Review by Karl Verhoven
Hyperion is his world’s Superman equivalent, but raised from infancy under government supervision. On discovering the deception and manipulation employed in his upbringing, Hyperion rebelled, and concluded High Command by sending what he considered a definitive message about further attempts to control him. Unfortunately, the military mind is never one for compromise, and while there’s a weapon to be had, they want it. To this end J. Michael Straczynski introduces his versions of four further characters associated with the Squadron Supreme in older incarnations, all supremely powerful or smart, and dispatched to bring Hyperion back under control.
They aren’t the only plot points from Mark Gruenwald’s Squadron Supreme project that Straczynski reworks. Arcanna Jones sifts through alternate realities locating quantum possibilities, an intelligent updating of the previous version. “Where does science end and magic begin?” is the question posed with regard to her capabilities. However, the use of those powers is unpredictable, and results in a world where Nighthawk is the final bastion of resistance, his bigoted nightmares having come true.
Unlike the core Supreme Power series, this is drawn by Dan Jurgens, a decent superhero artist, who ensures the action scenes look good and the layouts are clear, but who works in standard superhero style. He’s not really helped by the inking of Klaus Janson, with the strengths of both artists lessened slightly by their collaboration. These pages also lack the subtlety of Gary Frank’s work on the main series, and were it not for the captions there are few points where you’d be able to work out a mood from looking at a person. Jurgens is capable of surprising, though, and his best sequence extrapolates on the spacecraft that brought Hyperion to Earth.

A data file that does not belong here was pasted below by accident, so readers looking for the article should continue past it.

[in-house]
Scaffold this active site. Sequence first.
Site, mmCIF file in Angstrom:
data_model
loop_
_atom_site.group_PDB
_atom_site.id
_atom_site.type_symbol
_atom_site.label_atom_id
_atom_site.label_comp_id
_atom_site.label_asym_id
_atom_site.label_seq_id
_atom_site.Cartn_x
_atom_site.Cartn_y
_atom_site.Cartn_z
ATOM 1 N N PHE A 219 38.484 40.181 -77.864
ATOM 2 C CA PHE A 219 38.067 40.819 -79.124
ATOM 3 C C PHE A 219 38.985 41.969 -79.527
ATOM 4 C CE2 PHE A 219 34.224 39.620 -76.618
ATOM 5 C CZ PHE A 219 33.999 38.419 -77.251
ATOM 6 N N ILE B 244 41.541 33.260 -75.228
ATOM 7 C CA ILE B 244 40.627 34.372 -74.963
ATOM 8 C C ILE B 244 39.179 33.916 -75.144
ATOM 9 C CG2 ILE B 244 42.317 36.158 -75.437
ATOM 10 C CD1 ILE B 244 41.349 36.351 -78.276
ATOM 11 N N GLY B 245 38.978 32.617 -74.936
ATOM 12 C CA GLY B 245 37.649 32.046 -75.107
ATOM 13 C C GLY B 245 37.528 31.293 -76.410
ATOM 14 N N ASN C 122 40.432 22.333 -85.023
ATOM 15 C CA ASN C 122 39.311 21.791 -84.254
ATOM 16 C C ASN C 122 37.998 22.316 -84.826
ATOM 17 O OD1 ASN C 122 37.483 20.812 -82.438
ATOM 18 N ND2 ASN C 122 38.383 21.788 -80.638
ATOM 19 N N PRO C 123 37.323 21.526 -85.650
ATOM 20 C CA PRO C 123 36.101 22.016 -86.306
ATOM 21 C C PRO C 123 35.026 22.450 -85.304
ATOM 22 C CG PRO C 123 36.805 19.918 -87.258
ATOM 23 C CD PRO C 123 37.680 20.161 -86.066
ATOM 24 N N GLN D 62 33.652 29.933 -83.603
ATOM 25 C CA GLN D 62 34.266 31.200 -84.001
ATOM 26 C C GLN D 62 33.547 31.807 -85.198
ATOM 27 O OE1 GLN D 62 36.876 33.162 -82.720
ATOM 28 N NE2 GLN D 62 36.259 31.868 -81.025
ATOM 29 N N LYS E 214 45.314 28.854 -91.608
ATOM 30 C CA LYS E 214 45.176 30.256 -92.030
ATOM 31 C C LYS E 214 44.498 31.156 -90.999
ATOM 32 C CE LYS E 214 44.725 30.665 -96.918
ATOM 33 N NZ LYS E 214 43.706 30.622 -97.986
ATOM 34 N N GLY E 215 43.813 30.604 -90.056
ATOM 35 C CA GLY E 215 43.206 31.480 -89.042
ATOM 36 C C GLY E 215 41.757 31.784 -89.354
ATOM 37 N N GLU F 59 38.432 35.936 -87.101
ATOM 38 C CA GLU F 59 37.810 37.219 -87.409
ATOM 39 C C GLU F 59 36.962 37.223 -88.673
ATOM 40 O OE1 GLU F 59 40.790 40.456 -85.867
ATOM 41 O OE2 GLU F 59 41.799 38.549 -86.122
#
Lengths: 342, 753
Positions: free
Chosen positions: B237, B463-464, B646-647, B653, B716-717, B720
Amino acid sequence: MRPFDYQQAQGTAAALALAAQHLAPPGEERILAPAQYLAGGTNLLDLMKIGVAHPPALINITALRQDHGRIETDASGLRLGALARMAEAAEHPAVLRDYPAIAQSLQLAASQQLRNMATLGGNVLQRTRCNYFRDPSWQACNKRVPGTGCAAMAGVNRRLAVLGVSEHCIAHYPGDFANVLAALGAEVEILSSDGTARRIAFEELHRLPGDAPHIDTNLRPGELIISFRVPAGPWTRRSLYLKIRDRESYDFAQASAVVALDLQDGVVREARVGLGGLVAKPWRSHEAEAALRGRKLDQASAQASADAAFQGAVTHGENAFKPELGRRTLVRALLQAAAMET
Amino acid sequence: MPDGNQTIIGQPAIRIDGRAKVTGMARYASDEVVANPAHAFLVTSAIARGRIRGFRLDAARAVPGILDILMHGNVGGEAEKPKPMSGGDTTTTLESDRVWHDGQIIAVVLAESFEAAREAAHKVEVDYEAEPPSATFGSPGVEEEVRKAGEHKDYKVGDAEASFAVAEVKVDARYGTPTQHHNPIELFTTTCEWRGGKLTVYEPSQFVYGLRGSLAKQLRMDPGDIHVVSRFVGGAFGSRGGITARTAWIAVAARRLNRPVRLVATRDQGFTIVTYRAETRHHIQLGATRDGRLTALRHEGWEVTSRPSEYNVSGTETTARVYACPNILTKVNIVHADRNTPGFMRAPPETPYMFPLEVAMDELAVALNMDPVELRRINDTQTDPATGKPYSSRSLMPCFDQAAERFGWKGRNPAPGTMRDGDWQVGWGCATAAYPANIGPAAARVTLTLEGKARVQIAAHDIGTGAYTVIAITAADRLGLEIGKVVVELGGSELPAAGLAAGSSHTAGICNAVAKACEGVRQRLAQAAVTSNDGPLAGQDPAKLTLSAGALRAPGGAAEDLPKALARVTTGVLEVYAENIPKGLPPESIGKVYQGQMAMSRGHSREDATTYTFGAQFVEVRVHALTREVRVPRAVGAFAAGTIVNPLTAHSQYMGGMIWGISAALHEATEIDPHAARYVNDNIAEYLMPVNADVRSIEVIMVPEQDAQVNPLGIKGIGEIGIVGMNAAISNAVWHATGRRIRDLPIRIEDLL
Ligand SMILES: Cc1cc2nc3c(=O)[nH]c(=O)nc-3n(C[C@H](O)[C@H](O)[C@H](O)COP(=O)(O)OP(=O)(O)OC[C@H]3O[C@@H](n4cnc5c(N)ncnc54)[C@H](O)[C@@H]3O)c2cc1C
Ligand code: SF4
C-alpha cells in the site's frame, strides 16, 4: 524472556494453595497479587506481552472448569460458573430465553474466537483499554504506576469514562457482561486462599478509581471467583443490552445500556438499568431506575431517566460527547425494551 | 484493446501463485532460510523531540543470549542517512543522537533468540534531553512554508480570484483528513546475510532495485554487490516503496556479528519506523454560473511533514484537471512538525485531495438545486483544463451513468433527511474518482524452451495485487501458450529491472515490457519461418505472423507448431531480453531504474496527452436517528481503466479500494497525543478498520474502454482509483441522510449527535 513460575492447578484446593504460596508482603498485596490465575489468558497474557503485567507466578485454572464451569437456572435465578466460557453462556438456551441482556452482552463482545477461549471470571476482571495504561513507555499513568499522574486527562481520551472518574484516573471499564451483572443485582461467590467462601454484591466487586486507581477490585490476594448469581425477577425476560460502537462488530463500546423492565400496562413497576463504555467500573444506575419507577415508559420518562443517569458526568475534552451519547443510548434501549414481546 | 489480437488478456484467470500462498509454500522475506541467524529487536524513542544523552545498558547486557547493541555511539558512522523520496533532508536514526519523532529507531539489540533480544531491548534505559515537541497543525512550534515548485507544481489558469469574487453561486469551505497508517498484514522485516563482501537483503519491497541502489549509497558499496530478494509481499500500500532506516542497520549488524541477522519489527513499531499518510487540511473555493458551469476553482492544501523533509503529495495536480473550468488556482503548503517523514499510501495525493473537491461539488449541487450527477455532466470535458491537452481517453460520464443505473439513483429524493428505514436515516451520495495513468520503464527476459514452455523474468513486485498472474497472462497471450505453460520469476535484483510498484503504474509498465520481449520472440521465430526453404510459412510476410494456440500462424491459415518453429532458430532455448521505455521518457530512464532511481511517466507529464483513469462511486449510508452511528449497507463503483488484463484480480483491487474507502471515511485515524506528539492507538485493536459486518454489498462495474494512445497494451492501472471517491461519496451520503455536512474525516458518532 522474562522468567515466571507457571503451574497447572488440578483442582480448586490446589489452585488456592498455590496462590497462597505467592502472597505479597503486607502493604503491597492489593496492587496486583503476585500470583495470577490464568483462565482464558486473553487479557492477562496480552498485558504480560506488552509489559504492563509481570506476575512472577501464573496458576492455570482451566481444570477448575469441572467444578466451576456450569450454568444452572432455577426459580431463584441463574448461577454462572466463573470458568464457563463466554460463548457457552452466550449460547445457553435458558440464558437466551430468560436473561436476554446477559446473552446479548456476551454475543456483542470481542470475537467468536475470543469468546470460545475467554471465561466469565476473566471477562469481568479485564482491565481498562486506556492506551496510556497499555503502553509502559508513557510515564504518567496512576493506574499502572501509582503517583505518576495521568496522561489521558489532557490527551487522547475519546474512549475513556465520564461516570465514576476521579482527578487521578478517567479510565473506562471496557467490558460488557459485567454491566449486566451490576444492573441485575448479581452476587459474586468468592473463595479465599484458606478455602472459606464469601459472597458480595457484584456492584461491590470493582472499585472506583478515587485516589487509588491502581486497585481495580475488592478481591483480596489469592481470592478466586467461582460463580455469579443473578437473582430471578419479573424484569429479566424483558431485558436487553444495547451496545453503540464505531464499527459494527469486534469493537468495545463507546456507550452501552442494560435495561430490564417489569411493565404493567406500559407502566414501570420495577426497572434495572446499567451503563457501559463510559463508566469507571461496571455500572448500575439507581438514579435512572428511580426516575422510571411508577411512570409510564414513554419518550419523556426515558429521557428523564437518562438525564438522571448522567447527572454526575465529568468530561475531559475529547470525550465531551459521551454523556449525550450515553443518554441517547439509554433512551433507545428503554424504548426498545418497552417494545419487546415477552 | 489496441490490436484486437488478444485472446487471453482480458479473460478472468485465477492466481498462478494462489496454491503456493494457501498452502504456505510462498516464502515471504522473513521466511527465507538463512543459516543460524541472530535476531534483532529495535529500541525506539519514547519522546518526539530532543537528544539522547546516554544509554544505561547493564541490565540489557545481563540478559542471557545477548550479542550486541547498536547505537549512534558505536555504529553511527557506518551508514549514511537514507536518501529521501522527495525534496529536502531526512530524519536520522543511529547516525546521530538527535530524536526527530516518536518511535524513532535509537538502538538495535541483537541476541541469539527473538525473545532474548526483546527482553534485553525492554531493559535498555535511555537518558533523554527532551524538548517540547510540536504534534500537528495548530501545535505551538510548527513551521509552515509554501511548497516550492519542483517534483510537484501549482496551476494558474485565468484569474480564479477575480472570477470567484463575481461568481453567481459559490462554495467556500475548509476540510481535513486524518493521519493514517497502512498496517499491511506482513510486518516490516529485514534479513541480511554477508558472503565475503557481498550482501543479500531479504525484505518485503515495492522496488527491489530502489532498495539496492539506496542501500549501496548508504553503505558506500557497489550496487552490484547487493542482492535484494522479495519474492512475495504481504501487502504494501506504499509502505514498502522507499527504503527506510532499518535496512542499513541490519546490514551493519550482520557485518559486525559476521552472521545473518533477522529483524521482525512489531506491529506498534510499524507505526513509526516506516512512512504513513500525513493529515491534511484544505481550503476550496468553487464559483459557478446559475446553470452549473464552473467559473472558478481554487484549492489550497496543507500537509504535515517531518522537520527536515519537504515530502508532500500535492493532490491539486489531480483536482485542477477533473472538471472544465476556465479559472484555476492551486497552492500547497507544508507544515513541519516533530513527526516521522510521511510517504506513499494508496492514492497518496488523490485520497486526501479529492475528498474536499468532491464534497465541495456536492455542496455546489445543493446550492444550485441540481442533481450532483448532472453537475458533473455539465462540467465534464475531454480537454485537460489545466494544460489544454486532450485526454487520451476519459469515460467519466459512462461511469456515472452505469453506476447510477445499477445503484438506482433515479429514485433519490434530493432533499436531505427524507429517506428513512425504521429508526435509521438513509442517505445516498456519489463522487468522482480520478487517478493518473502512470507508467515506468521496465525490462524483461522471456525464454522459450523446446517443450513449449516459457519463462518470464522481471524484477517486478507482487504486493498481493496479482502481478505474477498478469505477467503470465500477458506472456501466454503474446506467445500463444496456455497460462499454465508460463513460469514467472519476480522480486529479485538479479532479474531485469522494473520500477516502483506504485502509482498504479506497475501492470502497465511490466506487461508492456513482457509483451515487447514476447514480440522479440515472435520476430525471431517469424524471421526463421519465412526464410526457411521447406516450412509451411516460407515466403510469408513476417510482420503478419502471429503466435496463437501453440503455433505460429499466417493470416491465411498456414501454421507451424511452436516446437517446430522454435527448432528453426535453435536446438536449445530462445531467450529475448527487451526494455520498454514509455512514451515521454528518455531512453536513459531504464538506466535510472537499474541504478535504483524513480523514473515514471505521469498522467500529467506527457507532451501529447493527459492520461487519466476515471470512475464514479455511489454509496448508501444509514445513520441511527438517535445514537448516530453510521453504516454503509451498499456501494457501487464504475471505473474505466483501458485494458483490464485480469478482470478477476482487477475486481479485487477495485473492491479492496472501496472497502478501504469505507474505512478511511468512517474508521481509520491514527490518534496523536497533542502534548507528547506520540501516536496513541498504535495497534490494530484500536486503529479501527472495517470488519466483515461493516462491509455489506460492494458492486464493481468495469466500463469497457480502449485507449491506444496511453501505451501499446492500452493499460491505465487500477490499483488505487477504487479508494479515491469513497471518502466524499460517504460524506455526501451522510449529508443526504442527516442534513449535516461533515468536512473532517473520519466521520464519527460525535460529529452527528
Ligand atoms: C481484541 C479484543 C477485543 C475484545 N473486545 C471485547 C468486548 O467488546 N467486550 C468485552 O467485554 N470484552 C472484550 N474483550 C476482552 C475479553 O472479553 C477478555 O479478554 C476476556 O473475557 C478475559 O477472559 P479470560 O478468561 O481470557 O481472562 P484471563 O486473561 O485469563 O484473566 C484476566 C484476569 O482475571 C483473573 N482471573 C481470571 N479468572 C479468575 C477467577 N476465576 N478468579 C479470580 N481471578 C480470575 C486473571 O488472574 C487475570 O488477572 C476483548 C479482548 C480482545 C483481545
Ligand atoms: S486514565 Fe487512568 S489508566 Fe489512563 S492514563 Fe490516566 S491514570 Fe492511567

Straczynski obviously enjoys writing the dialogue for Emil Burbank, supposedly the world’s most intelligent man, but constantly sarcastic, arrogant and unpleasantly bullying with it, his most frequent victim the well-meaning, but dim Shape. Flying nuclear reactor Nuke is the least developed, depressed at his condition, yet more than capable of taking on Hyperion. Their introduction and initial confrontation with Hyperion prove the strongest moments of a story that’s never less than competent, but more concerned with introducing a bigger picture and another element of suspense to Straczynski’s overall story. The final three chapters construct a quantum possibility, but are ordinary in comparison with Straczynski’s work on the series to date.
Stories about Doctor Spectrum and Nighthawk run concurrently with this, before all the main characters converge again as Squadron Supreme: The Pre-War Years. This content can also be found in the hardcover Supreme Power Vol. 2.